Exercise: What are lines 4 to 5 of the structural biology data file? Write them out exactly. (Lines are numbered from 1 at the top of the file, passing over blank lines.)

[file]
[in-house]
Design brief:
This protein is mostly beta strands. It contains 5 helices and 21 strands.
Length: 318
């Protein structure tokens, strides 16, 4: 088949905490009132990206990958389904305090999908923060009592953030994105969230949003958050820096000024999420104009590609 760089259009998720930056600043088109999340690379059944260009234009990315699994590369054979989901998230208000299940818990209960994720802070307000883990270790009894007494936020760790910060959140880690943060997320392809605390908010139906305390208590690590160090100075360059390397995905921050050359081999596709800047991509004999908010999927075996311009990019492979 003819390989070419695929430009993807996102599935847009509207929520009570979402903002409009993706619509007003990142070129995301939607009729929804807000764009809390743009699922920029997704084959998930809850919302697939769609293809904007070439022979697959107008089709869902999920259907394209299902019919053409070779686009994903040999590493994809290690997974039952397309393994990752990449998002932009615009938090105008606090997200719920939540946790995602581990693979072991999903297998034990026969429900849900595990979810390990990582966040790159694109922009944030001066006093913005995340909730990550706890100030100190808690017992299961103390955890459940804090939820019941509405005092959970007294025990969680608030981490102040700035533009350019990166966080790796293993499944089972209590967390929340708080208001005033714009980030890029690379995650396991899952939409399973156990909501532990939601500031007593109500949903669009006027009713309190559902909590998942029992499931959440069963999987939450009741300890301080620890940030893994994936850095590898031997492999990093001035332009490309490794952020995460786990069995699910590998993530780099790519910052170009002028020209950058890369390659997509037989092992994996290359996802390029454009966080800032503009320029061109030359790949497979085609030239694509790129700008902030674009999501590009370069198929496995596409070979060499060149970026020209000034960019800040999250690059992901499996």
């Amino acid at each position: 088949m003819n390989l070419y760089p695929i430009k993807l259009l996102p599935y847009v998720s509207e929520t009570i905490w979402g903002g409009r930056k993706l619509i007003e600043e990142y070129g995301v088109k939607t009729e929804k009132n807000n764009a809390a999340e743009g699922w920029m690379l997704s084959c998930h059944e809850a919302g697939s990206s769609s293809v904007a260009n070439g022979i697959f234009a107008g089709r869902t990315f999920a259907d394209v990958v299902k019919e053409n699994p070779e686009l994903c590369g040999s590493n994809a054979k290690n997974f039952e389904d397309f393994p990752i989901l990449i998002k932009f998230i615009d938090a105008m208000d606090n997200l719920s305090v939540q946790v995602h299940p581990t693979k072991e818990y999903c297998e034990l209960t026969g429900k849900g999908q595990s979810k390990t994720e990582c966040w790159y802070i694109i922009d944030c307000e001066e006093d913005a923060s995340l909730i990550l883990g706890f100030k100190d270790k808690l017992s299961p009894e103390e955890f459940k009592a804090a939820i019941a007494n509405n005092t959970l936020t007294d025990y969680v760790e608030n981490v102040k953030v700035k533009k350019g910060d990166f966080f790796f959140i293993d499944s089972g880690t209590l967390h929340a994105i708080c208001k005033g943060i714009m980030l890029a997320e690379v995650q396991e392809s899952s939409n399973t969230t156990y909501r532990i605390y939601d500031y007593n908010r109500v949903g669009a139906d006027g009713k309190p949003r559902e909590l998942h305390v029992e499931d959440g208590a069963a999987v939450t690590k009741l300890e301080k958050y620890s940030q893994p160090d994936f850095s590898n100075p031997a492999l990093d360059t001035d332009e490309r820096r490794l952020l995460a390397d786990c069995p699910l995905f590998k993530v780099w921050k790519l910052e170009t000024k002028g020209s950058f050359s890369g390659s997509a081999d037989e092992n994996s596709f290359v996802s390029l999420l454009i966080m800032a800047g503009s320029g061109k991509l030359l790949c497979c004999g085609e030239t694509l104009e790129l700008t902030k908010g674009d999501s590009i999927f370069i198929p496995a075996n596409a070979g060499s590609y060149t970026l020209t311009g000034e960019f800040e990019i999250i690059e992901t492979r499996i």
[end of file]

Length: 318
């Protein structure tokens, strides 16, 4: 088949905490009132990206990958389904305090999908923060009592953030994105969230949003958050820096000024999420104009590609 760089259009998720930056600043088109999340690379059944260009234009990315699994590369054979989901998230208000299940818990209960994720802070307000883990270790009894007494936020760790910060959140880690943060997320392809605390908010139906305390208590690590160090100075360059390397995905921050050359081999596709800047991509004999908010999927075996311009990019492979 003819390989070419695929430009993807996102599935847009509207929520009570979402903002409009993706619509007003990142070129995301939607009729929804807000764009809390743009699922920029997704084959998930809850919302697939769609293809904007070439022979697959107008089709869902999920259907394209299902019919053409070779686009994903040999590493994809290690997974039952397309393994990752990449998002932009615009938090105008606090997200719920939540946790995602581990693979072991999903297998034990026969429900849900595990979810390990990582966040790159694109922009944030001066006093913005995340909730990550706890100030100190808690017992299961103390955890459940804090939820019941509405005092959970007294025990969680608030981490102040700035533009350019990166966080790796293993499944089972209590967390929340708080208001005033714009980030890029690379995650396991899952939409399973156990909501532990939601500031007593109500949903669009006027009713309190559902909590998942029992499931959440069963999987939450009741300890301080620890940030893994994936850095590898031997492999990093001035332009490309490794952020995460786990069995699910590998993530780099790519910052170009002028020209950058890369390659997509037989092992994996290359996802390029454009966080800032503009320029061109030359790949497979085609030239694509790129700008902030674009999501590009370069198929496995596409070979060499060149970026020209000034960019800040999250690059992901499996």